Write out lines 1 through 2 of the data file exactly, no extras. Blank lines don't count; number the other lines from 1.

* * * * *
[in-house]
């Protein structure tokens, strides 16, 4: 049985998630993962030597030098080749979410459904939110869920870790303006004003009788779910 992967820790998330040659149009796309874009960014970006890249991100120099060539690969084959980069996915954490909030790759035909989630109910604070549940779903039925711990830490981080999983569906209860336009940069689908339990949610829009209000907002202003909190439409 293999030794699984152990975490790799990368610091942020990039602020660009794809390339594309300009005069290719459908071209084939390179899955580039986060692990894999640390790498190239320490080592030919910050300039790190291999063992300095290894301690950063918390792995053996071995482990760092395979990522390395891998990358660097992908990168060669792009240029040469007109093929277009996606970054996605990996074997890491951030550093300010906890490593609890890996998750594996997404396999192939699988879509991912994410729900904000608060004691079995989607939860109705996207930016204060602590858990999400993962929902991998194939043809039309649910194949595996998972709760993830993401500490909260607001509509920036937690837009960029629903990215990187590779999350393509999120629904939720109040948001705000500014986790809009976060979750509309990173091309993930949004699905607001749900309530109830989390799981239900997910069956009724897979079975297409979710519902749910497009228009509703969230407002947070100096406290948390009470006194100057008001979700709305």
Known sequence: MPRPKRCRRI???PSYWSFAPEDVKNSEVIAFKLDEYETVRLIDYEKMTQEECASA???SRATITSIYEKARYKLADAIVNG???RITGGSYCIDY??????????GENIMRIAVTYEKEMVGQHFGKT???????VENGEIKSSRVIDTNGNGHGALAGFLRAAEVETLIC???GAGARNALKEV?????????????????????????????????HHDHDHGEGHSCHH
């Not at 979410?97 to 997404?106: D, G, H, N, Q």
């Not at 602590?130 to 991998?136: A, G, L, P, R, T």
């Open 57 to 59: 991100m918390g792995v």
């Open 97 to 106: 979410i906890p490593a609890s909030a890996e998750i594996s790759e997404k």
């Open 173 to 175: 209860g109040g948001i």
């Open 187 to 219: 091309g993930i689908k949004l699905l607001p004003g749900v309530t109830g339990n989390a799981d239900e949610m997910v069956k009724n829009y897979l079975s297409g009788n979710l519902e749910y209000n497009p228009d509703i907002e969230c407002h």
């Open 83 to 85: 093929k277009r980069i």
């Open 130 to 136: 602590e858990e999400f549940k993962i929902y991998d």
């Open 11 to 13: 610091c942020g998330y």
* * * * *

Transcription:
[in-house]
């Protein structure tokens, strides 16, 4: 049985998630993962030597030098080749979410459904939110869920870790303006004003009788779910 992967820790998330040659149009796309874009960014970006890249991100120099060539690969084959980069996915954490909030790759035909989630109910604070549940779903039925711990830490981080999983569906209860336009940069689908339990949610829009209000907002202003909190439409 293999030794699984152990975490790799990368610091942020990039602020660009794809390339594309300009005069290719459908071209084939390179899955580039986060692990894999640390790498190239320490080592030919910050300039790190291999063992300095290894301690950063918390792995053996071995482990760092395979990522390395891998990358660097992908990168060669792009240029040469007109093929277009996606970054996605990996074997890491951030550093300010906890490593609890890996998750594996997404396999192939699988879509991912994410729900904000608060004691079995989607939860109705996207930016204060602590858990999400993962929902991998194939043809039309649910194949595996998972709760993830993401500490909260607001509509920036937690837009960029629903990215990187590779999350393509999120629904939720109040948001705000500014986790809009976060979750509309990173091309993930949004699905607001749900309530109830989390799981239900997910069956009724897979079975297409979710519902749910497009228009509703969230407002947070100096406290948390009470006194100057008001979700709305």